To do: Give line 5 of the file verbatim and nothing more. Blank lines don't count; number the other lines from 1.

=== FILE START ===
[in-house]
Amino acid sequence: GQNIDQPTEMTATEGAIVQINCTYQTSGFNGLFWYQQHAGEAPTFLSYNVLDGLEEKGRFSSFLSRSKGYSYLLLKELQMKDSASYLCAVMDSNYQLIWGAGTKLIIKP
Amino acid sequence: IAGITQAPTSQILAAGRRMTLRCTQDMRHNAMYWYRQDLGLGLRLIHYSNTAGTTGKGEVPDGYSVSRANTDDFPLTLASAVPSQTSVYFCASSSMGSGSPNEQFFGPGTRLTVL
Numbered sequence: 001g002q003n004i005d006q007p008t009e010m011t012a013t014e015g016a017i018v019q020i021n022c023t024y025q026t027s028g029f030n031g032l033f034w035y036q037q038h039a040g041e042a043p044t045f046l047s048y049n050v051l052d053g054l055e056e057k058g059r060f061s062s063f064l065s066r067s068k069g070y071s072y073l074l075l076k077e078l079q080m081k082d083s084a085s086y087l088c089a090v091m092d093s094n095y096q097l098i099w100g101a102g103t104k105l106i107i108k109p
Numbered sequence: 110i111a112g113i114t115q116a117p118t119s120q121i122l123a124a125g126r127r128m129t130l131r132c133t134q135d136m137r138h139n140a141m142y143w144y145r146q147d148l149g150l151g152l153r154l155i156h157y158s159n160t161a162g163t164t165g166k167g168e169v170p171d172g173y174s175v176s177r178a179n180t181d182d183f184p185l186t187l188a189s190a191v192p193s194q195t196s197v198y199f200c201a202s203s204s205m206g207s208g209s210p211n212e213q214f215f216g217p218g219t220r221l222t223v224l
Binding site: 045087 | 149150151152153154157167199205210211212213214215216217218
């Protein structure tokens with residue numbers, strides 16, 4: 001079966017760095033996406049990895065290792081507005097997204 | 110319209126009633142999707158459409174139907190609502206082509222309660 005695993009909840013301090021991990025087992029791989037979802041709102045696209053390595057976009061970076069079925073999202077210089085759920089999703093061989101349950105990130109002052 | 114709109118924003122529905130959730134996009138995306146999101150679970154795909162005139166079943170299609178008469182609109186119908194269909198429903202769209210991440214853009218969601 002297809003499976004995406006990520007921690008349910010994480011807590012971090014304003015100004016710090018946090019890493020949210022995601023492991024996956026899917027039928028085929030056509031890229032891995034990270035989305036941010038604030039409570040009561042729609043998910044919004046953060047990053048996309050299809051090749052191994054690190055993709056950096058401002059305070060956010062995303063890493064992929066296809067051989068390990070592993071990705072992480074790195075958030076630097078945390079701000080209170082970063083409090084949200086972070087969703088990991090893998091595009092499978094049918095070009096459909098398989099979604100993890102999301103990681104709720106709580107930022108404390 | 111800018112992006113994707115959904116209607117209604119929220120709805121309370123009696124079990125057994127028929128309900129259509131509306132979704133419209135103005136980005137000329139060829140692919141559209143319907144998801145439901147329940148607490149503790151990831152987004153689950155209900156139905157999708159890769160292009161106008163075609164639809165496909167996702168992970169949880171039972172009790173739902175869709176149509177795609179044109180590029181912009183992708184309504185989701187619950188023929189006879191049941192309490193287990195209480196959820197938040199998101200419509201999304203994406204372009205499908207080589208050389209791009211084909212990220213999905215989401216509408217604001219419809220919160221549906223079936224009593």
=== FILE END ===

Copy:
Numbered sequence: 110i111a112g113i114t115q116a117p118t119s120q121i122l123a124a125g126r127r128m129t130l131r132c133t134q135d136m137r138h139n140a141m142y143w144y145r146q147d148l149g150l151g152l153r154l155i156h157y158s159n160t161a162g163t164t165g166k167g168e169v170p171d172g173y174s175v176s177r178a179n180t181d182d183f184p185l186t187l188a189s190a191v192p193s194q195t196s197v198y199f200c201a202s203s204s205m206g207s208g209s210p211n212e213q214f215f216g217p218g219t220r221l222t223v224l